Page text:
The last thing I had to do before applying the gun blueing finish was to solder on the guides for the brake lines. I know that this should normally be done before brazing the frame, but waiting until now was a conscious decision for this build as I lacked the experience of having built other MTB frames to 'know' beforehand how I wanted to do the routing for the brake line.

SS MTB Build - Part 3

SS MTB Build - Part 3

For this build I didn't want to use the bottle boss reinforcement 'diamonds' that are available from most framebuilding suppliers. I wanted to create something a bit more unique and personal while taking the chance to experiment some more with my letter punches and silver soldering.

My idea was to cut out a strip of bronze plate, stamp it, drill it and braze it on as the tube reinforcement for the bottle bosses. After hand cutting and shaping the plate I drilled the bottle boss holes and measured out where to stamp the letters. The plate on the DT reads "EGRESS" and the one on the ST is stamped with the frame serial number.

Once stamped, I used my wooden tube blocks and a tube offcut to press it in the vice to give it a curved shape to match the tube it was to be soldered onto. This was my first time using type U flux and silver to solder bronze onto steel, so heat control and silver flow was not spot on, so it's not perfect but I still like it.

 

 

SS MTB Build - Part 2

SS MTB Build - Part 2

The seat clamp lug I bought with the tubeset needed a bit of work. Opted for this one as it's got a lot of material to work with. Sharp points and love heart cutouts is not really the style I'm going for, so it needed a bit of customisation.

Hand drew a shape that I liked better with a sharpie straight on the lug. After a little hacksaw and file action the lug is looking a lot better.

The original seat clamp lug. 

The original seat clamp lug. 

Hand carved.  

Hand carved.  

I also did some experimentation with letter punches. Punched in "EGRESS" vertically along the back of the lug. I then laid some bronze filler over the letters and sanded back the bronze to reveal the letters. Got a nice and smooth finish and the bronze letters should pop a lot more once I've blued the steel. 

Punched

Punched

Filled & sanded

Filled & sanded

SS MTB Build - Part 1

SS MTB Build - Part 1

After a bunch of planning and many hours in front of the computer figuring out the specs for the frame, and making some necessary bits for the jig, it's finally time to start cutting, filing and joining metal.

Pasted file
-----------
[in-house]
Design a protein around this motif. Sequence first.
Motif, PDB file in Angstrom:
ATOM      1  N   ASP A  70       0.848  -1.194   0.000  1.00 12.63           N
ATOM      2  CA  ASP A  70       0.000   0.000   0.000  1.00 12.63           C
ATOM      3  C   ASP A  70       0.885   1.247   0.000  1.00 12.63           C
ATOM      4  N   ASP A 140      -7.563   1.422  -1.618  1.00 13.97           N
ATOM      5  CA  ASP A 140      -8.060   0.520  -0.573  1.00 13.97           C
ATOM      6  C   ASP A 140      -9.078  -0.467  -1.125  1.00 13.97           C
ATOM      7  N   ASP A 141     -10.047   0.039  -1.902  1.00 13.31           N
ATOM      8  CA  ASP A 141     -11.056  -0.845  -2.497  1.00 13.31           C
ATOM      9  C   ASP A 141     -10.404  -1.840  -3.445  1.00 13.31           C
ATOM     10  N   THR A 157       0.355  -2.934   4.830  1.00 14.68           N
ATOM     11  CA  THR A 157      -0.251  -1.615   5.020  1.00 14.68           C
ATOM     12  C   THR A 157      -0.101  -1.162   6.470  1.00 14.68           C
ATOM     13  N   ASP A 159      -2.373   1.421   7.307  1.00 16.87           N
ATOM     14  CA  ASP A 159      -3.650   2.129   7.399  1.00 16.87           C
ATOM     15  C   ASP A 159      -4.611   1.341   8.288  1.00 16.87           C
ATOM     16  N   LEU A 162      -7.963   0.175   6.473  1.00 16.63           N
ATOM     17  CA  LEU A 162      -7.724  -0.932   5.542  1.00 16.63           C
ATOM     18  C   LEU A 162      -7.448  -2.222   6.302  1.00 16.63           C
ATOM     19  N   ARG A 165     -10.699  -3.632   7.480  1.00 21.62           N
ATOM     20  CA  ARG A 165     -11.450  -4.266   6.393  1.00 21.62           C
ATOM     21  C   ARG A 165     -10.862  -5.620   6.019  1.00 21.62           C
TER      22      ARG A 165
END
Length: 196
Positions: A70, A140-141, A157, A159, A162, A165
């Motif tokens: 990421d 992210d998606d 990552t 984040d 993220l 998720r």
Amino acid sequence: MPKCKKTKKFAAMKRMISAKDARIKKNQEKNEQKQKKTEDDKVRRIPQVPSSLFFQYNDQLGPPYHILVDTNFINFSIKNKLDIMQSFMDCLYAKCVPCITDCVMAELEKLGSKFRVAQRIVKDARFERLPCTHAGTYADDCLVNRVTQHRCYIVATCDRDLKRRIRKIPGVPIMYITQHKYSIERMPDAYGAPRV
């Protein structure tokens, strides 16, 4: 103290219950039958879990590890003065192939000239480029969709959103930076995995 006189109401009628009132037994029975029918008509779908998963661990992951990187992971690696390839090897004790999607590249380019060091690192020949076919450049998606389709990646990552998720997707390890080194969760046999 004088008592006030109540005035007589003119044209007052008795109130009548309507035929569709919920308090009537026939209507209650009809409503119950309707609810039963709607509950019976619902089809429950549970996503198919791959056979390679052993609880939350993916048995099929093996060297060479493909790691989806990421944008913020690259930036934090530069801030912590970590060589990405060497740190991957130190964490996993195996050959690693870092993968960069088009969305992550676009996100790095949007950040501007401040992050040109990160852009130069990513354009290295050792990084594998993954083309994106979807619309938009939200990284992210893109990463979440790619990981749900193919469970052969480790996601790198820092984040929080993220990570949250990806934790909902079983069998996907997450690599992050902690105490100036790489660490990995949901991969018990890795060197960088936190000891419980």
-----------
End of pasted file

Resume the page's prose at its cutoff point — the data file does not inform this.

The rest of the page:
Day one consisted of making all the necessary adjustments to the jig, prepping tubes by marking out butting and where to cut etc. 

When I was just about to start mitering the seat tube I discovered my first mistake - I had forgotten to take into account that the seat tube was externally butted at the bottom, and thus had a bigger diameter. Meaning that my mitering templates that I had painstakingly prepared needed to be adjusted and re-printed. Oh well, that was a minor thing to get wrong. Back to the computer to make the necessary changes and update the cutting templates. 

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With new templates for the seattube and the downtube I got started with the cutting. Always measuring multiple times before cutting or making any irreversible changes to the tubes. The seattube got mitered up to the bottom bracket first. Then downtube to BB. 

  BB/ST/DT junction. Nice and tight.

 BB/ST/DT junction. Nice and tight.

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The most challenging part was to miter the downtube to the tapered headtube. I am happy with the resulting miter and I think I got it really tight. Not much room for error since the other end of the downtube was already mitered to the BB. 

At the end of day one I had mitered up all the tubes for the front triangle. Slow progress, but I rather get things right than work too fast. 

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BMX #1 - Bike Check

This is a bike check for my first hand built BMX frame. The bike has been assembled with parts from my previous bike.

The frame was built with a True Temper SuperTherm tubeset from S&M Bikes originally used in their BTM frame. I built the frame entirely by hand with a fillet brazed construction and the geometry is based on the numbers I have concluded are ideal for my preferences and style of riding.

Build list:

  • Frame: Egress Bikes ‘Nameless’ (21” Prototype)
    TT 21” | HT 74.5 | ST 71 | CS 13.78” | BB 11.77”
     
  • Fork: Proper Bike Co
  • Bars: T1 Classic, 8.85”
  • Grips: Cult x Vans
  • Stem: Haro Lineage (Topload)
  • Headset: Fly Bikes
     
  • Cranks: Fly Bikes, 175mm
  • Sprocket: Nightfall Bike Co. | Killuminati, 29t
  • Chain: Odyssey | Key Chain
  • Pedals: Fly Bikes | Ruben (plastic)
  • BB: BSD | Mid, 22mm
     
  • Hubs: Tree Bike Co
  • Rims: GSport | Birdcage
  • Spokes: Phil Wood
  • Nipples: Pillar, alloy
  • Tyres: Fit Bike Co | FAF 2.25” & 2.3”

Weight: TBC (Frame weight: 2.3kg / 5.07lbs)

Next Build

Hopefully in the next couple of weeks I'll start frame #3.. 

My first mountainbike was a Specialized Crave SL - a rigid singlespeed MTB. This bike shaped my view of what a mountainbike should be - pure and simple fun. After having owned a couple of 150-160mm travel enduro bikes, the singlespeed is still my go-to bike for when I want to race XC or go for longer rides at my local trails. 

So this is a project I'm really excited about - I'm building myself a new singlespeed hardtail!

For this version of the bike I'm recycling the carbon fork off my Crave SL, but all the rest of the components are going to be brand new. All these parts have already been acquired and are currently sitting stashed away, just waiting to be put to use. 

I'm quite looking forward to the end result. 

The frame:

The frame will be constructed from Columbus Zona tubing and be equipped with sliding dropouts. Being that it's the first time I'm building an MTB frame, this will be very much a prototype and I'm fully expecting that changes will be made for future versions. The geometry is going to be a little bit more relaxed than an XC specific race machine, but the aim is for the bike to still be responsive enough to hold its own on fast technical singletrack.

I'll post more updates as the build progresses. In the meantime, here's a render of what the bike might look like when finished.